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Moon, Xi likely to meet in Germany this week to discuss THAAD controversy

South Korean President Moon Jae-in is likely to have talks with his Chinese counterpart Xi Jinping in Germany this week, aimed at helping Beijing understand why Seoul allowed an advanced US missile defense system called THAAD to be installed on its soil, the country's top diplomat said Monday.


"Basically, the THAAD issue should be addressed with the top priority placed on our national interest and security needs," Foreign Minister Kang Kyung-wha said during an interview with Yonhap News TV, the broadcast unit of Yonhap News Agency.

"We know well that there was not enough diplomatic consensus with China in the decision-making process for THAAD so it is necessary to widen communication and seek frank dialogue to deepen the depth of understanding," she added. "Maybe there will be talks in that way if they meet at the G20 summit this week."

However, Kang said that details on Moon's meeting Xi on the sidelines of the G20 gathering have yet to be confirmed. The G20 summit is scheduled to be held Friday and Saturday.

South Korea and the US unveiled the joint plan in July last year to install a THAAD battery in the South in order to better defend against the growing missile threat from North Korea. China is demanding the plan be withdrawn, saying it could undermine its military capabilities.

Moon held his first face-to-face summit with US President Donald Trump last week, also marking his first summit with a foreign leader since taking office in May. The two reaffirmed their commitment to fully exert pressure on North Korea, while at the same opening the door to dialogue under the right circumstances.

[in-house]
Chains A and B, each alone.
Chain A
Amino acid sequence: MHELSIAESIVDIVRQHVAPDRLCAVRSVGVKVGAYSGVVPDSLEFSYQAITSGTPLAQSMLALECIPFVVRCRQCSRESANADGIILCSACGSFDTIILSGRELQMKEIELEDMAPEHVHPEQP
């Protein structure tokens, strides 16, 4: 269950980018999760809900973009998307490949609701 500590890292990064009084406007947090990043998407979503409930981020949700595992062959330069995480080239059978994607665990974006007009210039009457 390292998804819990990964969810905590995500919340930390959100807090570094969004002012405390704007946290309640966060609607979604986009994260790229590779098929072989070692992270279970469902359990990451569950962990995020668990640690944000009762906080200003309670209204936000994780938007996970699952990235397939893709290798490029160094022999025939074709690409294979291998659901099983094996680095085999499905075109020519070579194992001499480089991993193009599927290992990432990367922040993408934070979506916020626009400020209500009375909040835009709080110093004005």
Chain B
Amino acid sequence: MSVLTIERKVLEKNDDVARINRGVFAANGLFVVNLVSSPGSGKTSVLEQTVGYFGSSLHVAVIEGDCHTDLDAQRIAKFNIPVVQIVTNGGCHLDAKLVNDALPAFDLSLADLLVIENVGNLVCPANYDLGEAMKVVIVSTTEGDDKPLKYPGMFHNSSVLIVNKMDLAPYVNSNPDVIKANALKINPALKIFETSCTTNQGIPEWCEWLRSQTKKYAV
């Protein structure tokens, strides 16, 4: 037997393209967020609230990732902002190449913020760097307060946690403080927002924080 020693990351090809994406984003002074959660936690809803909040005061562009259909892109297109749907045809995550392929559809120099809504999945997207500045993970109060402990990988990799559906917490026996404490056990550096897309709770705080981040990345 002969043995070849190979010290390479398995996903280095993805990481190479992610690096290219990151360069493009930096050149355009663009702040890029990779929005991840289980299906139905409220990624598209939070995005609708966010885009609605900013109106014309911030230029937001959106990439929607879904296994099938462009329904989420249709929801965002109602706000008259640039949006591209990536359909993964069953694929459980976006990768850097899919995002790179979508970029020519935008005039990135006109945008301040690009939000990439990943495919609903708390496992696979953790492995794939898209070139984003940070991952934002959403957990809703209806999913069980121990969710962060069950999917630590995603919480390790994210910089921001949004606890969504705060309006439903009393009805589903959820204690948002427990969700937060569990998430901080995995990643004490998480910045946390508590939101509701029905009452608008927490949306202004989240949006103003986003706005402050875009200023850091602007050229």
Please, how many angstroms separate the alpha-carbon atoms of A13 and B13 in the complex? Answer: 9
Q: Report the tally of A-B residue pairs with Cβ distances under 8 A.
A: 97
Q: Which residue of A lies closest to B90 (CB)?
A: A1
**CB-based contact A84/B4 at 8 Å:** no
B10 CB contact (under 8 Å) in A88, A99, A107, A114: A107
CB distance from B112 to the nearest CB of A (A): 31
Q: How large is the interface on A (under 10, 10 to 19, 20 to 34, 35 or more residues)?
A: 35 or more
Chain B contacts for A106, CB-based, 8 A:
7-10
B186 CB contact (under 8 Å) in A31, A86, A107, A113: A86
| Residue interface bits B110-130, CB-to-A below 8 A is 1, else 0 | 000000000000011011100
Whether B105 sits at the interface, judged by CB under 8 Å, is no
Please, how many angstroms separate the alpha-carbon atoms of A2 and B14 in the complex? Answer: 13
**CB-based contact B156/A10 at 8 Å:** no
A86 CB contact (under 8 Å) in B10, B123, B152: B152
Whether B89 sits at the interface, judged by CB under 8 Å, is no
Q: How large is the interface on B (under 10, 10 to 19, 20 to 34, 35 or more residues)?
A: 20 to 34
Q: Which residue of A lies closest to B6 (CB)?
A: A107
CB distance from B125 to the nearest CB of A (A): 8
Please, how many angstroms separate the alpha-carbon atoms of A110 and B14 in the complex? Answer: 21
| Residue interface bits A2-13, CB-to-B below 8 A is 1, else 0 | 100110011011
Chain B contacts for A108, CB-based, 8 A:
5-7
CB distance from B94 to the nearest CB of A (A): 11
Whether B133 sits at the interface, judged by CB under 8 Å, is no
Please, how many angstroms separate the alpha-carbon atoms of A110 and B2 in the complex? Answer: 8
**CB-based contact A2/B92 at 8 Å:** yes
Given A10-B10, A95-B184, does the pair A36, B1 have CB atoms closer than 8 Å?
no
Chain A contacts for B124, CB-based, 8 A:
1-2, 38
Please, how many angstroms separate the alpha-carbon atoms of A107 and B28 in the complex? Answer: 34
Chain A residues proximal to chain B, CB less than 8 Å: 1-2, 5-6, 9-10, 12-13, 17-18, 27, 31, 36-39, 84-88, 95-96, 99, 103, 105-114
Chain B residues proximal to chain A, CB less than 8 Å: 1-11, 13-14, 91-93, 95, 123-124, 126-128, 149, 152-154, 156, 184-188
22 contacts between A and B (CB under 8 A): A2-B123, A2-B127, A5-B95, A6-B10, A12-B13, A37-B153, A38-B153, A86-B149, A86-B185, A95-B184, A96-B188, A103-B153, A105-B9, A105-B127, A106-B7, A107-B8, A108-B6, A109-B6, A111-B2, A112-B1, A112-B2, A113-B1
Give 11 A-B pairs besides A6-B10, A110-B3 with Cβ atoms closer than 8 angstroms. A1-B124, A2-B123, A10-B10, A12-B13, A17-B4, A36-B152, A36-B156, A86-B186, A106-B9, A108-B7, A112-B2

They, however, differed on trade, with Trump complaining about an increase in the US deficit with South Korea since the two allies enforced the free trade agreement, suggesting the possibility of renegotiating the deal.

Kang, who accompanied the president on his trip to Washington, said that the US side did not specifically mention the need for renegotiations but South Korean officials detected such an intention during the talks.

"We have not agreed to have renegotiations (on the FTA), nor have we started them," Kang said. "Still, relevant ministries and agencies are now in consultation to draw up countermeasures against all possibilities."

Meanwhile, assessing the overall outcome of the summit, Kang said South Korea has achieved all its intended objectives which were to build mutual trust and friendship between the leaders, secure Washington's support for the new government, and deepen the understanding of President Moon's vision and policy in its ally. (Yonhap)